Quantile regression is gradually emerging as a unified statistical methodology for estimating models of conditional quantile functions. By complementing the exclusive focus of classical least squares regression on the conditional mean, quantile regression offers a systematic strategy for examining how covariates influence the location, scale and shape of the entire response distribution. This monograph is the first comprehensive treatment of the subject, encompassing models that are linear and nonlinear, parametric and nonparametric. The author has devoted more than 25 years of research to this topic. The methods in the analysis are illustrated with a variety of applications from economics, biology, ecology and finance. The treatment will find its core audiences in econometrics, statistics, and applied mathematics in addition to the disciplines cited above.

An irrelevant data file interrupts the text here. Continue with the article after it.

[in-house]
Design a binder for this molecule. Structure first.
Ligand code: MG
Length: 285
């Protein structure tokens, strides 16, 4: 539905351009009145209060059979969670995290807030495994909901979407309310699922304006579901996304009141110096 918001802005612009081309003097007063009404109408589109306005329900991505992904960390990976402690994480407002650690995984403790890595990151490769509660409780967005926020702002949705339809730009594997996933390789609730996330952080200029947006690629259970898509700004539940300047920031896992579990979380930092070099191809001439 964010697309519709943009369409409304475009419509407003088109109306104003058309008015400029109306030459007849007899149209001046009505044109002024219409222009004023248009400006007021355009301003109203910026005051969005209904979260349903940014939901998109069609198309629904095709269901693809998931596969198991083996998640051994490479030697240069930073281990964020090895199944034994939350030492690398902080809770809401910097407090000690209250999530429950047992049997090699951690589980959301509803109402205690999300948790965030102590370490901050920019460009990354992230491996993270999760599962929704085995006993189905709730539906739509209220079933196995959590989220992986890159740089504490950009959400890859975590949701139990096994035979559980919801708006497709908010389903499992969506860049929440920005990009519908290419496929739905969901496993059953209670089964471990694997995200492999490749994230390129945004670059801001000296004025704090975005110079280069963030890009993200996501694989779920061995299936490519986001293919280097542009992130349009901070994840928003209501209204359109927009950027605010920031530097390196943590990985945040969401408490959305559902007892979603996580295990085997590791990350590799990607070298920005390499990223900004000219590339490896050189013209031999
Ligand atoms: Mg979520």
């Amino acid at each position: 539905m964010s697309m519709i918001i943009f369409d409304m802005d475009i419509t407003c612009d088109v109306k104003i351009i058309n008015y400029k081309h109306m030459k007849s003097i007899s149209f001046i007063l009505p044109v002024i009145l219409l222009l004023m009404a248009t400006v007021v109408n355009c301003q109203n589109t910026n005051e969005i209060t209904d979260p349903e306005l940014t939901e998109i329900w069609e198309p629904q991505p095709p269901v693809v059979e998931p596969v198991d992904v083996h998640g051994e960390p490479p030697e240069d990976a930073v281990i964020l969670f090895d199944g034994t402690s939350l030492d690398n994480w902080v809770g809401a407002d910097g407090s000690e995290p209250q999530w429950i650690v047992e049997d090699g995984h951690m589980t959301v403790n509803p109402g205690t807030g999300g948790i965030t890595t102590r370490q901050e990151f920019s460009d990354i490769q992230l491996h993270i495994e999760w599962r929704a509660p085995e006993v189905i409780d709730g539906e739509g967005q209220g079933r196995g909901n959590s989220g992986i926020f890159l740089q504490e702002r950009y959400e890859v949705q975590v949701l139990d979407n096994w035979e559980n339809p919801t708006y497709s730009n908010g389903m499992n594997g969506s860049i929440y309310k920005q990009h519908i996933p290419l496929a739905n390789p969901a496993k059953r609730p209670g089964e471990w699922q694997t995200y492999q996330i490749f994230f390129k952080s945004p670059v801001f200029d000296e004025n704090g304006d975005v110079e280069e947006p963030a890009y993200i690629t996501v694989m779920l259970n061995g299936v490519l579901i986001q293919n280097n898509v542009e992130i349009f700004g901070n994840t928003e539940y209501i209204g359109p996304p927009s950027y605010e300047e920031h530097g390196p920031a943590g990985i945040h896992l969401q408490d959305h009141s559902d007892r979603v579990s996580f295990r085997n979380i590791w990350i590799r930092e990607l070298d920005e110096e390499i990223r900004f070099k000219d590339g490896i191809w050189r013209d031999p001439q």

Quantile Regression, the first book of Hao and Naiman's two-book series, establishes the seldom recognized link between inequality studies and quantile regression models. Though separate methodological literature exists for each subject, the authors seek to explore the natural connections between this increasingly sought-after tool and research topics in the social sciences. Quantile regression as a method does not rely on assumptions as restrictive as those for the classical linear regression; though more traditional models such as least squares linear regression are more widely utilized, Hao and Naiman show, in their application of quantile regression to empirical research, how this model yields a more complete understanding of inequality. Inequality is a perennial concern in the social sciences, and recently there has been much research in health inequality as well. Major software packages have also gradually implemented quantile regression. Quantile Regression will be of interest not only to the traditional social science market but other markets such as the health and public health related disciplines. Key Features: Establishes a natural link between quantile regression and inequality studies in the social sciences Contains clearly defined terms, simplified empirical equations, illustrative graphs, empirical tables and graphs from examples Includes computational codes using statistical software popular among social scientists Oriented to empirical research